Read the last phrase in verse 37 above, and the last phrase in verse 45 below. Now compare those with the end of verse 41 here. The words “through Moses” appear to be missing, but this isn’t a quirk of a few manuscripts, the way that “in Ephesus” is missing from some copies of Ephesians 1:1. Moses was obviously aware that the command to count the Gershonites had also come about by the Lord’s command through himself, but he was comfortable omitting the phrase here for the sake of slight brevity and variation. It is just the type of variation that tells us that a forger was not at work in the composition of this or any other part of the Bible. A forger would be more mechanical and far less likely to sneak a little variation in his wording such as this. But since the words “through Moses” appear in the census of Kohath and that of Merari, we don’t need to be troubled in the least that they are not here in Gershon. The meaning is not changed at all.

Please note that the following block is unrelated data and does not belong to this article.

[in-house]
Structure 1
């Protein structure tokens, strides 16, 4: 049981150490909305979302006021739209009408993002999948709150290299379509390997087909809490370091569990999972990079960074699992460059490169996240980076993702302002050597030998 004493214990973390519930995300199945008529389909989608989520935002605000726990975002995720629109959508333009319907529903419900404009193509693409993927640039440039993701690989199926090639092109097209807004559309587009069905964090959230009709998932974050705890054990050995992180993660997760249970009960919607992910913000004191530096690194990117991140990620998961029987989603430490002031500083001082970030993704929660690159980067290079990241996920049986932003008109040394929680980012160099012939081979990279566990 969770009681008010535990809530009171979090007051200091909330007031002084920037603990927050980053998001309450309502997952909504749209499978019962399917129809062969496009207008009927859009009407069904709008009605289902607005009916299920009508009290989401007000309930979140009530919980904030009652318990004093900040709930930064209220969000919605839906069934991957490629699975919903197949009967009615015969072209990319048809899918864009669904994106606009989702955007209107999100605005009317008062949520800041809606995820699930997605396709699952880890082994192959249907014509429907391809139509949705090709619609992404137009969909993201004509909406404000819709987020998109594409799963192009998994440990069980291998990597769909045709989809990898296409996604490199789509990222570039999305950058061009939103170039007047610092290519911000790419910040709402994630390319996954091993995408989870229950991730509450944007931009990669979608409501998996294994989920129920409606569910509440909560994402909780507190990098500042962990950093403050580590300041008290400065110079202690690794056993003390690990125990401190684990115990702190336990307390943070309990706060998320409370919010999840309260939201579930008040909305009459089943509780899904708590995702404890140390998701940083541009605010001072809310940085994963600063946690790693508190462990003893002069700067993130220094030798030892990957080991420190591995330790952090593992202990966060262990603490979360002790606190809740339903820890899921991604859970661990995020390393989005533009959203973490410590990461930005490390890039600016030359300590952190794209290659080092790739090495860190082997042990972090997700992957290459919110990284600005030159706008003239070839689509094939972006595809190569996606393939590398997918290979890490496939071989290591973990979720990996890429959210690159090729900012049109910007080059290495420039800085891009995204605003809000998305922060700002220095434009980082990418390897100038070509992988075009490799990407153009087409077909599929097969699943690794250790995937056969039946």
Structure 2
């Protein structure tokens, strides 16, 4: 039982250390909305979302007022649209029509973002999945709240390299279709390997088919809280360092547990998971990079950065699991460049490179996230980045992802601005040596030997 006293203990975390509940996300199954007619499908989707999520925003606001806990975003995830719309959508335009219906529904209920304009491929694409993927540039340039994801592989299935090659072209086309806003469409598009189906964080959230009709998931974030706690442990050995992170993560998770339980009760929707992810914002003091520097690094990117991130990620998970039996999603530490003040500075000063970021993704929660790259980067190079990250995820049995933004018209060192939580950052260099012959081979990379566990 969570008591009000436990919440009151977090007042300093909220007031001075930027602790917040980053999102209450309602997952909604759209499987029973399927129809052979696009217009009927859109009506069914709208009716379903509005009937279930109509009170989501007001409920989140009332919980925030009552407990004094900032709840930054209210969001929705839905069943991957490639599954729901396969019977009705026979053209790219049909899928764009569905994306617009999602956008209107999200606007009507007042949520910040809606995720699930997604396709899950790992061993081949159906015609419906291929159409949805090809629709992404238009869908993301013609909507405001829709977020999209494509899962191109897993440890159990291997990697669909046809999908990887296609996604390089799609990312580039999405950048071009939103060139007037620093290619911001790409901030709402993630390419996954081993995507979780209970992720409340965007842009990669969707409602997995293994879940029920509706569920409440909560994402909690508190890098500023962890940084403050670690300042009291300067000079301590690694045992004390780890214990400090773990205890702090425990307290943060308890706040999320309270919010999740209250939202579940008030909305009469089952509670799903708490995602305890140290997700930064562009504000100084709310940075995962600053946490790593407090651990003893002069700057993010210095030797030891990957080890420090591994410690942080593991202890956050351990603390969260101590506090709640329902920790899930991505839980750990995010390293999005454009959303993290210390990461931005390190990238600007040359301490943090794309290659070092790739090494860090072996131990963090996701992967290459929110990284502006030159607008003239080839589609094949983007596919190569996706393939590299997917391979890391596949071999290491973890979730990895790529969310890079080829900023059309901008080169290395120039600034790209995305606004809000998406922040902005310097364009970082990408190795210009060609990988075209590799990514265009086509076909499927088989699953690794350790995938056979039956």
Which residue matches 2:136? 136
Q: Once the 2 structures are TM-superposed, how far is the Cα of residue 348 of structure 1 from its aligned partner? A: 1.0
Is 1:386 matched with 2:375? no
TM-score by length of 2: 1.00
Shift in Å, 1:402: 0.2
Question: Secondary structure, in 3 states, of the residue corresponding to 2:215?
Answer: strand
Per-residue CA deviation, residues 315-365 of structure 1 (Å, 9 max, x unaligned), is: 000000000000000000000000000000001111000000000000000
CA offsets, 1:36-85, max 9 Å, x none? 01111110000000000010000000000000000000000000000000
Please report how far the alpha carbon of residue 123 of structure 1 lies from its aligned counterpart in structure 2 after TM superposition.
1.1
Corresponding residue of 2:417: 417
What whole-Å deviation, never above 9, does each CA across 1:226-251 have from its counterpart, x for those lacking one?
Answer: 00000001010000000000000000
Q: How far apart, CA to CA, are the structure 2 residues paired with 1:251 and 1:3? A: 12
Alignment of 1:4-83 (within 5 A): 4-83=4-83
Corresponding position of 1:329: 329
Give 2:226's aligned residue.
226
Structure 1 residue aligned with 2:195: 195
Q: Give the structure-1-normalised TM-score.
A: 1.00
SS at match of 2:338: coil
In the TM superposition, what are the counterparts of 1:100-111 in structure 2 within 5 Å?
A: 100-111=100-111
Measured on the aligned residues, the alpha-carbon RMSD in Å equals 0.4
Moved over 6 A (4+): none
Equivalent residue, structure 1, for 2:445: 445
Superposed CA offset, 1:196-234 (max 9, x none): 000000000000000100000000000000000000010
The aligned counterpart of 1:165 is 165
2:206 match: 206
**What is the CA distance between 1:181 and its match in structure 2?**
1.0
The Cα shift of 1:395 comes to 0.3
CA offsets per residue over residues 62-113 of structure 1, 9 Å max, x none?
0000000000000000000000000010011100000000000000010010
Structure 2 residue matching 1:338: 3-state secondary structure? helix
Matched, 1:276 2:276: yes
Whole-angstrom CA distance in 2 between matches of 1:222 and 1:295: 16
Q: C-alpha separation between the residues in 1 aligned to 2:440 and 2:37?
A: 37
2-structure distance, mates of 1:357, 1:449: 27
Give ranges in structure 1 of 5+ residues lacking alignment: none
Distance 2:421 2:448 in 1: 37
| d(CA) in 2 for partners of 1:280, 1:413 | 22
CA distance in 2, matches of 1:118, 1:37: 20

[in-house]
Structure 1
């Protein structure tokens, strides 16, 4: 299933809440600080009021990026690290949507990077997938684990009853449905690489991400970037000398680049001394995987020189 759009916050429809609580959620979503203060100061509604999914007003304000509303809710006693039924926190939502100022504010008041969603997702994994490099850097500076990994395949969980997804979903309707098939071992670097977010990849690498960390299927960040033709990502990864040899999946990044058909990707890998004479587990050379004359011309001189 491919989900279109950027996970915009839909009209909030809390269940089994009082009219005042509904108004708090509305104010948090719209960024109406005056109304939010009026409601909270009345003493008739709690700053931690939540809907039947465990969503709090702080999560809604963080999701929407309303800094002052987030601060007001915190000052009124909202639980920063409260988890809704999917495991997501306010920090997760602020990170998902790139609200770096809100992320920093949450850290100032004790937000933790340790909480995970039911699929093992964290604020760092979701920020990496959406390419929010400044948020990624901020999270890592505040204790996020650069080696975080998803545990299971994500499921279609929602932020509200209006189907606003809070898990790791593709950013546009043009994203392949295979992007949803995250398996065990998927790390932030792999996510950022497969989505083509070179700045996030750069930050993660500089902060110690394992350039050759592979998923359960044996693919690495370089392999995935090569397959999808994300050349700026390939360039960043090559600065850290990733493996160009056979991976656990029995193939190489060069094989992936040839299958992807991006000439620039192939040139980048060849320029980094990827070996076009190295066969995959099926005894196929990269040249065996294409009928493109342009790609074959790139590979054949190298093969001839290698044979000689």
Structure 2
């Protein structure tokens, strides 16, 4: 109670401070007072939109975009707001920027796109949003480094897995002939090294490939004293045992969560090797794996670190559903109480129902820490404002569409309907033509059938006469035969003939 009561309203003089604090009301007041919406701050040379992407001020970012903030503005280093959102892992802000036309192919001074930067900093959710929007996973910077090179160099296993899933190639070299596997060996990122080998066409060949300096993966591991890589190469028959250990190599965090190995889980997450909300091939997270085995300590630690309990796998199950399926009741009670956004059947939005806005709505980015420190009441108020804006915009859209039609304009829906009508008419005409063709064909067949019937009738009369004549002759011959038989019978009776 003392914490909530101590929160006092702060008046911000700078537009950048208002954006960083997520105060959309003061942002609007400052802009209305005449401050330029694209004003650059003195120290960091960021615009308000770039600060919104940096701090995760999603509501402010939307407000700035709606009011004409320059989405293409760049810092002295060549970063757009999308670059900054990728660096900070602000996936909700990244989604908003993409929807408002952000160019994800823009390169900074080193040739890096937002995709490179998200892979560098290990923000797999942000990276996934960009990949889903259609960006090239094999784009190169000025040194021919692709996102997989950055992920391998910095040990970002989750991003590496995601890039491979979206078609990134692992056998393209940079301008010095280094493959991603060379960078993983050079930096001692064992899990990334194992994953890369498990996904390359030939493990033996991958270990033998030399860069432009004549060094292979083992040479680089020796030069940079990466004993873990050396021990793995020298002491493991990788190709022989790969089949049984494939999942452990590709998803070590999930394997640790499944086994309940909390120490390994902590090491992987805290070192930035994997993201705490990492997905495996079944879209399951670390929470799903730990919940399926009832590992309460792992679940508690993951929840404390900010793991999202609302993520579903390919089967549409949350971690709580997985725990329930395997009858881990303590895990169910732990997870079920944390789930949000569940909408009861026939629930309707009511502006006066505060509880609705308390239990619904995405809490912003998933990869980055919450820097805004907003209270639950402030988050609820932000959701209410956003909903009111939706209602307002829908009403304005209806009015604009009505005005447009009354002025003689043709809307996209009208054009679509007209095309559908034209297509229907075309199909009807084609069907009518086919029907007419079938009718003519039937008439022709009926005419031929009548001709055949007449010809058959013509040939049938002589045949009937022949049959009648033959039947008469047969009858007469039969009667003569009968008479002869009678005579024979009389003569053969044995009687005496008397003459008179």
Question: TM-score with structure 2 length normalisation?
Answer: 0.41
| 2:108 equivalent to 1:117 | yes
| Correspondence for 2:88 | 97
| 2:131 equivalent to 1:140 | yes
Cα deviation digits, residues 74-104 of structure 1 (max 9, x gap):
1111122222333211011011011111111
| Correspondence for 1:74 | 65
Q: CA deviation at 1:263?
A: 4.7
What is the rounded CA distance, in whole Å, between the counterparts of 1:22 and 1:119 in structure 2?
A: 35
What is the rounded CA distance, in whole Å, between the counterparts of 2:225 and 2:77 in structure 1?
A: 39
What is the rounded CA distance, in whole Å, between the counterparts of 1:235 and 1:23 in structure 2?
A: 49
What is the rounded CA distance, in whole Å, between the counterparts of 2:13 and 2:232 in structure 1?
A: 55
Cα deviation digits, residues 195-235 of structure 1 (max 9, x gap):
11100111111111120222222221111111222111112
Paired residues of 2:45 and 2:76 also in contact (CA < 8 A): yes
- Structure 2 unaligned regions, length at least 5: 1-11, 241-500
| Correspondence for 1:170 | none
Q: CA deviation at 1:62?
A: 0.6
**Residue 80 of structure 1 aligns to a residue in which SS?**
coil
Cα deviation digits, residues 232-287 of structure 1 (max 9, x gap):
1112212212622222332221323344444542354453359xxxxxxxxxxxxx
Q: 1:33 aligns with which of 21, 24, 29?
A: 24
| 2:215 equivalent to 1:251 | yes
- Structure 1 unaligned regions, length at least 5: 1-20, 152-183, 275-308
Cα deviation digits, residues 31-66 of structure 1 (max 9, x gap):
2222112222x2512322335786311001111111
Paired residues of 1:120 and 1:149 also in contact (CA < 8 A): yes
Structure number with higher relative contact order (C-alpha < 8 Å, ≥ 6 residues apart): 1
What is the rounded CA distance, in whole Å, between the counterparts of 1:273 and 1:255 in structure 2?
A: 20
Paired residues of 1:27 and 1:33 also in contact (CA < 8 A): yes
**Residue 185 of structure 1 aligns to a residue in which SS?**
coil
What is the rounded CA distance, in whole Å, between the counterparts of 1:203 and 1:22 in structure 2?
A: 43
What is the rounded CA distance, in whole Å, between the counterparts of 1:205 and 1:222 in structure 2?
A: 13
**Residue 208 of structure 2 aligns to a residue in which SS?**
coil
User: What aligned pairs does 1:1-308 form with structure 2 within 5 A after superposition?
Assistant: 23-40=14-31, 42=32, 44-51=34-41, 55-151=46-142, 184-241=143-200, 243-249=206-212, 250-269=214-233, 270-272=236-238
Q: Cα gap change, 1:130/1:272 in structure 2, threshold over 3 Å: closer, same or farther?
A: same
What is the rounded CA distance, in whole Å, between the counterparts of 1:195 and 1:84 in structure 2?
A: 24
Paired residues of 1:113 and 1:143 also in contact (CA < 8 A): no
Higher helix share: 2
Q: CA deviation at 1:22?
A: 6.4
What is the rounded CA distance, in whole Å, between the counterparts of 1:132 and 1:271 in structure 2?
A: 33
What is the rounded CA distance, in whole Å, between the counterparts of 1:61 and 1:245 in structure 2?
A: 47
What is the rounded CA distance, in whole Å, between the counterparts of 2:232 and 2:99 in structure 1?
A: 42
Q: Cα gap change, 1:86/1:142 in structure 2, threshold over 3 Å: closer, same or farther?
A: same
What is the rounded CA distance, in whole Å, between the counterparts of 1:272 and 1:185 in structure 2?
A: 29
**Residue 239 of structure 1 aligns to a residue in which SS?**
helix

42 The clans of the descendants of Merari were registered according to their clans, according to their fathers’ houses, 43 from thirty years old to fifty years old, everyone eligible for service, for work at the Tent of Meeting. 44 Those registered by their clans were 3,200. 45 These were the ones registered from the clans of the descendants of Merari. Moses and Aaron registered them according to the Lord’s command through Moses.